Furniture in the New Climate Economy
The new climate economy is on the rise, with experts forecasting that, in the next 20 years, "climate will move from being a sector of the economy to becoming the dominant force in macroeconomics," says Michael Ferrarri, managing partner at Atlas Research Innovation.
Our new 06-part series, FURNITURE in the NEW CLIMATE ECONOMY, will explore the multiple ways in which climate change is accelerating innovation across the furniture industry, from materials to business models. How can we redesign the furniture industry – and everyday furniture – with climate in mind?
No aspect of the emerging 21st-century global economy is likely to escape the influence of climate and sustainability factors. What we call the new climate economy “will disrupt all industries – from manufacturing, the production and use of energy, food, fiber and material resources to the evolution of transport options and consumer preferences," notes Sinead O'Sullivan, a senior fellow at MIT SLOAN and MIT School of Computation.
In change often lies opportunity. The World Economic Forum estimates fighting climate change - and protecting nature and biodiversity - could generate $10 trillion annually in business opportunities and create nearly 400 million new jobs around the globe. When it comes to our sector, though, furniture is not yet among the industries getting a great deal of climate-driven attention – compared to pushes to overhaul sectors such as fashion, food and construction. Our new series intends to help move the needle on that.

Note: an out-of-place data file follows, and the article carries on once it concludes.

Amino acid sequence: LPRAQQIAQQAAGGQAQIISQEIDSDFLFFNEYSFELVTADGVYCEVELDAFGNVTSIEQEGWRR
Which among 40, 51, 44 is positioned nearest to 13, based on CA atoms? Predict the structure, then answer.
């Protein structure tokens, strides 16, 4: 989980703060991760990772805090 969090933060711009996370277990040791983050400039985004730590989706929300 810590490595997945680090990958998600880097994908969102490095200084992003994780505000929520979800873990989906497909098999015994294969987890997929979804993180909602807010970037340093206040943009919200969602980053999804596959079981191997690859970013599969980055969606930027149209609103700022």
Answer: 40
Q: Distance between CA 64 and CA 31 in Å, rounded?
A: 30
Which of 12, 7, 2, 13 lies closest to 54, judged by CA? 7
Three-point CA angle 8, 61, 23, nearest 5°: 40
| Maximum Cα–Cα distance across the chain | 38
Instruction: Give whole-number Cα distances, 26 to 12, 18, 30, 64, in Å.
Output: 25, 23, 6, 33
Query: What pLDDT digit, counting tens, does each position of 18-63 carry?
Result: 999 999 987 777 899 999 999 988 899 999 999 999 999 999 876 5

The furniture sector has an outsize impact on our planet and climate. The industry relies on ever-growing sourcing of natural raw materials from the earth's limited resources. Furniture also relies on synthetic materials that are, or become, harmful to human and planetary health. On top of that, the growing phenomenon of "fast furniture" stimulates careless consumption. According to the EPA, Americans discarded more than 12 million tons of furniture and furnishings in 2018 alone - and over 80% of that ended up in landfill.
Once in landfill, wood and other natural materials release methane while decomposing - with landfills as one of the three mains sources of human methane pollution, a major contributor to climate change. And, in addition, polluting emissions are created every step of the way in furniture production, from resource extraction to manufacturing to transporting materials and finished products - often for furniture thrown away within a few years.
The list just scratches the problematic surface. Meantime, we believe the furniture in our homes and offices can become part of the solution. Through this series, we'll shine a light on innovators in the U.S. and globally who are offering inspiring solutions, leading the way in the new climate economy.
Read our first installment on innovations in wood here.